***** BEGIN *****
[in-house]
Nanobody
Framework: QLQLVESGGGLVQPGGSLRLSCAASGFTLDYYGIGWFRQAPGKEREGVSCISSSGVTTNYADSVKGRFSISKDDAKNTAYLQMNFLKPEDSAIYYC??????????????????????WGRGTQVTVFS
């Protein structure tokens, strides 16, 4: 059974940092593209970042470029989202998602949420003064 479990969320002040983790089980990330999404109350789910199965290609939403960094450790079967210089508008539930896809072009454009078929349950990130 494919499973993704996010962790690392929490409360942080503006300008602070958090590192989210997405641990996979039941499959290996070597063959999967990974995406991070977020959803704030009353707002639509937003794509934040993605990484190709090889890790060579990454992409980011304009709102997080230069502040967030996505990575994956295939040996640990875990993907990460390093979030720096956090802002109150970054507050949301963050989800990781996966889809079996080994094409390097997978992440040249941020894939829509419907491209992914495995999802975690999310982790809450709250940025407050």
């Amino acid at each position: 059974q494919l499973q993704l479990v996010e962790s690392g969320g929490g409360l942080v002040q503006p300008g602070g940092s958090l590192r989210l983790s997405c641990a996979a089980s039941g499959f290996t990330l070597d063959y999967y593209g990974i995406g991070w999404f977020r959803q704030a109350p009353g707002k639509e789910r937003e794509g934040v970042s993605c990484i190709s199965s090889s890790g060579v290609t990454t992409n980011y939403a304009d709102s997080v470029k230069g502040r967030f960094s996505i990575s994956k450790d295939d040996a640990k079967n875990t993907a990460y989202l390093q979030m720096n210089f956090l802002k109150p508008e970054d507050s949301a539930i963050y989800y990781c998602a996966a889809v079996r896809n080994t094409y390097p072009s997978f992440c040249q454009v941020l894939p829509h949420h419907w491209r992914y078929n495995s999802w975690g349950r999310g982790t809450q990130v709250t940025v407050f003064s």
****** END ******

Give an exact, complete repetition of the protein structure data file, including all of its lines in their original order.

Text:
[in-house]
Nanobody
Framework: QLQLVESGGGLVQPGGSLRLSCAASGFTLDYYGIGWFRQAPGKEREGVSCISSSGVTTNYADSVKGRFSISKDDAKNTAYLQMNFLKPEDSAIYYC??????????????????????WGRGTQVTVFS
């Protein structure tokens, strides 16, 4: 059974940092593209970042470029989202998602949420003064 479990969320002040983790089980990330999404109350789910199965290609939403960094450790079967210089508008539930896809072009454009078929349950990130 494919499973993704996010962790690392929490409360942080503006300008602070958090590192989210997405641990996979039941499959290996070597063959999967990974995406991070977020959803704030009353707002639509937003794509934040993605990484190709090889890790060579990454992409980011304009709102997080230069502040967030996505990575994956295939040996640990875990993907990460390093979030720096956090802002109150970054507050949301963050989800990781996966889809079996080994094409390097997978992440040249941020894939829509419907491209992914495995999802975690999310982790809450709250940025407050």
């Amino acid at each position: 059974q494919l499973q993704l479990v996010e962790s690392g969320g929490g409360l942080v002040q503006p300008g602070g940092s958090l590192r989210l983790s997405c641990a996979a089980s039941g499959f290996t990330l070597d063959y999967y593209g990974i995406g991070w999404f977020r959803q704030a109350p009353g707002k639509e789910r937003e794509g934040v970042s993605c990484i190709s199965s090889s890790g060579v290609t990454t992409n980011y939403a304009d709102s997080v470029k230069g502040r967030f960094s996505i990575s994956k450790d295939d040996a640990k079967n875990t993907a990460y989202l390093q979030m720096n210089f956090l802002k109150p508008e970054d507050s949301a539930i963050y989800y990781c998602a996966a889809v079996r896809n080994t094409y390097p072009s997978f992440c040249q454009v941020l894939p829509h949420h419907w491209r992914y078929n495995s999802w975690g349950r999310g982790t809450q990130v709250t940025v407050f003064s």